Last edited by findeight; Aug. 15, 2020, 11:07 AM.
          When opportunity knocks it's wearing overalls and looks like work.

          The horse world. Two people. Three opinions.

          Comment


            #25
            Originally posted by DisraeliEars View Post
            Hi - I'm mostly a lurker on this board as I'm pretty new to horses. I'm in my 40s and started taking riding lessons last September; I had only been on a horse a handful of times (trail rides and such). My mother-in-law (who's been riding English for 40+ years) encouraged me and is looking forward to riding with me once COVID slows down (if it does). I started with a teacher in September and she had me on an English saddle from the get-go (though she is more of a Western person herself). I've been going to her an average of 1-2 times a week since then (minus a two month hiatus during local lockdowns during March/April.
            I'd say progress has been slow: she is very exacting on body posture and hand position (which I can appreciate), but sometimes I feel she can be a bit...how do I put it? Too nit-picky. In the last month or so, she has gotten frustrated with my progress it seems. She has also relegated me to a Western saddle, telling me that she doesn't think I'm "ready" for the English yet (despite using it for months). The reason I want to learn English is because that is what my MIL uses exclusively and we plan on moving closer to her place soon and I would probably be riding with her frequently. Also once she slows down, my husband and I stand to "inherit" a lot of English tack.
            I've only put on a Western saddle a handful of times, but my teacher got angry with me and accused me of not paying close enough attention when I was trying to remember the trick to lacing through the latigo on a Western saddle last week. I was tired and I was really trying; I haven't paid her literally thousands of dollars to not be taking this seriously. I thought it was somewhat unfair of her to make that assumption.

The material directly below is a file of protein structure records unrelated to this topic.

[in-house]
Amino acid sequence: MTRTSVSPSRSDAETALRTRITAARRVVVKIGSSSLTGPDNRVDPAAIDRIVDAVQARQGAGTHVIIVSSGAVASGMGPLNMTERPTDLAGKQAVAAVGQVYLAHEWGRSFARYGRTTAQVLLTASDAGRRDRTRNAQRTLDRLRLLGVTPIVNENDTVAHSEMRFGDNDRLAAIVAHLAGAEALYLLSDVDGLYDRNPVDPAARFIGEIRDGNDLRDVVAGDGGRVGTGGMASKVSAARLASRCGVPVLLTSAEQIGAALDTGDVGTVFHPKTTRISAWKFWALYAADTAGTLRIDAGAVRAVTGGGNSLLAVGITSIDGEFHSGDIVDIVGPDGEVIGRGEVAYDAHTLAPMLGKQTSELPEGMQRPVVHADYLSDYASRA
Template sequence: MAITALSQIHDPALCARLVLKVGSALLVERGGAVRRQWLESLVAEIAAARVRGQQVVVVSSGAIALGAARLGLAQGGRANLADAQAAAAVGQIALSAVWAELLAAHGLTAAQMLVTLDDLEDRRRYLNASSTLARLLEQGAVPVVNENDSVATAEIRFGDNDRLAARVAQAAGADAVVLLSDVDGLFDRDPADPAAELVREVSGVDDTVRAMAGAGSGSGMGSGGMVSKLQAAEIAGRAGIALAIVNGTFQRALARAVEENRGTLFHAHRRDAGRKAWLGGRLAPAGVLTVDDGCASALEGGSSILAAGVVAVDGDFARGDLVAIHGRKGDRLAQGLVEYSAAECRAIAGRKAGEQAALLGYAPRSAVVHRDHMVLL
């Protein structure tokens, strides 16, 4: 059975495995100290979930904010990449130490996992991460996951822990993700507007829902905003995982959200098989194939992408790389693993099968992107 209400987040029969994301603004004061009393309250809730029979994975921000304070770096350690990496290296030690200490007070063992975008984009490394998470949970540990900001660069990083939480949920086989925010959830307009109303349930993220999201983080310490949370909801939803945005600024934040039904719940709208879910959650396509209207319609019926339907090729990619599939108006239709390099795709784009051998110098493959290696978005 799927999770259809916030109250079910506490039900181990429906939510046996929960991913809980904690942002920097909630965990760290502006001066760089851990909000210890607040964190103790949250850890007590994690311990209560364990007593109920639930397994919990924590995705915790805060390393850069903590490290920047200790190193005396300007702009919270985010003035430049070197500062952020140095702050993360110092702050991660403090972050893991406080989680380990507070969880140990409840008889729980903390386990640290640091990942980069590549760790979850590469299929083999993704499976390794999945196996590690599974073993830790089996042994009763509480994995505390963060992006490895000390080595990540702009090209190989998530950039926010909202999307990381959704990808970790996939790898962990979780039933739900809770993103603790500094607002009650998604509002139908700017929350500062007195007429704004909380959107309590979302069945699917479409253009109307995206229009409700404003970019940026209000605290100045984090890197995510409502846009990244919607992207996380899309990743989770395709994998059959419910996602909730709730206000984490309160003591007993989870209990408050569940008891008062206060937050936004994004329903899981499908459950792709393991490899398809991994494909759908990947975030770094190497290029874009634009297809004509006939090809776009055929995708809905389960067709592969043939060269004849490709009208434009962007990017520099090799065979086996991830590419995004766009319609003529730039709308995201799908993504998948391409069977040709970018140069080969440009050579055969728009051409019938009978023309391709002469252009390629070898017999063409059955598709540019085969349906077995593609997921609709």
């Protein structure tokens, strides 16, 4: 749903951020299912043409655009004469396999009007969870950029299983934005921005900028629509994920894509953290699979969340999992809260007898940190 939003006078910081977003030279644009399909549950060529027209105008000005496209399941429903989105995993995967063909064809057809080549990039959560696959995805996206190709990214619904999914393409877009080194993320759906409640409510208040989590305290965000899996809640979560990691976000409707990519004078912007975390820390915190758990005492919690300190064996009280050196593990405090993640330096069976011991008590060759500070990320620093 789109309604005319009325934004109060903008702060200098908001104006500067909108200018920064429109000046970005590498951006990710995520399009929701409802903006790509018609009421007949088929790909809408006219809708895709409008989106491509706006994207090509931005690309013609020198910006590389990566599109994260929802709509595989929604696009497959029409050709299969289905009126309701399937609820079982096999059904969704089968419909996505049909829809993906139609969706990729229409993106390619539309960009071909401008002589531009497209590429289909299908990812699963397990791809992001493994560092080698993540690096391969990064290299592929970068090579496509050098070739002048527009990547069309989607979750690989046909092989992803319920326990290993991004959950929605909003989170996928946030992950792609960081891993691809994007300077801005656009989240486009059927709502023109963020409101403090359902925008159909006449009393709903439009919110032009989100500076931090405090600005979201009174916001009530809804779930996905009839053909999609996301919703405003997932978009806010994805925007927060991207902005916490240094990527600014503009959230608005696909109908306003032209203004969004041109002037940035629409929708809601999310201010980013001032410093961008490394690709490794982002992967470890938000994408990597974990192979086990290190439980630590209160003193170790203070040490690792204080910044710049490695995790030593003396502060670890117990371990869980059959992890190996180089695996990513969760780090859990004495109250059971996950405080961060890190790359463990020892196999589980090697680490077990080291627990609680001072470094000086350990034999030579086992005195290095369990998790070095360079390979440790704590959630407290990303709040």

My MIL thinks my teacher is taking things way too slow (she said, "You haven't even tried to canter yet?") and recommended a friend of hers who lives in our area. I took a lesson with this woman last week and we got along great. I actually got to ride on a hill instead of an arena for a change. She also thinks I should be doing English (because that's what I want to learn) and working on posting ASAP.
            Ultimately, I do think my current instructor is very good at what she does. But, lately, my confidence is taking a nose-dive as I feel like I must totally suck as a rider (especially since I'm only at the trot stage).

            Sorry for the long post, but I wanted to get some educated thoughts on this from other riders/instructors. Thanks.

            And no, I don't have my own horse yet; both teachers suggest that having my own horse (or getting a lease) would be beneficial, but I can't do that at the moment.
            Just for easy reference now that we are off page 1.
            When opportunity knocks it's wearing overalls and looks like work.

            The horse world. Two people. Three opinions.

            Comment


              #26
              Some people are a little nutty.
              Some horse people are a little nutty.
              Seems that you have one of those for your first instructor?
              Try other instructors and then you will have more to go by and decide what is best for you.

              in our riding center decades ago, we had a barrel horse we used to teach beginners about saddles, bridles, how to get on and off.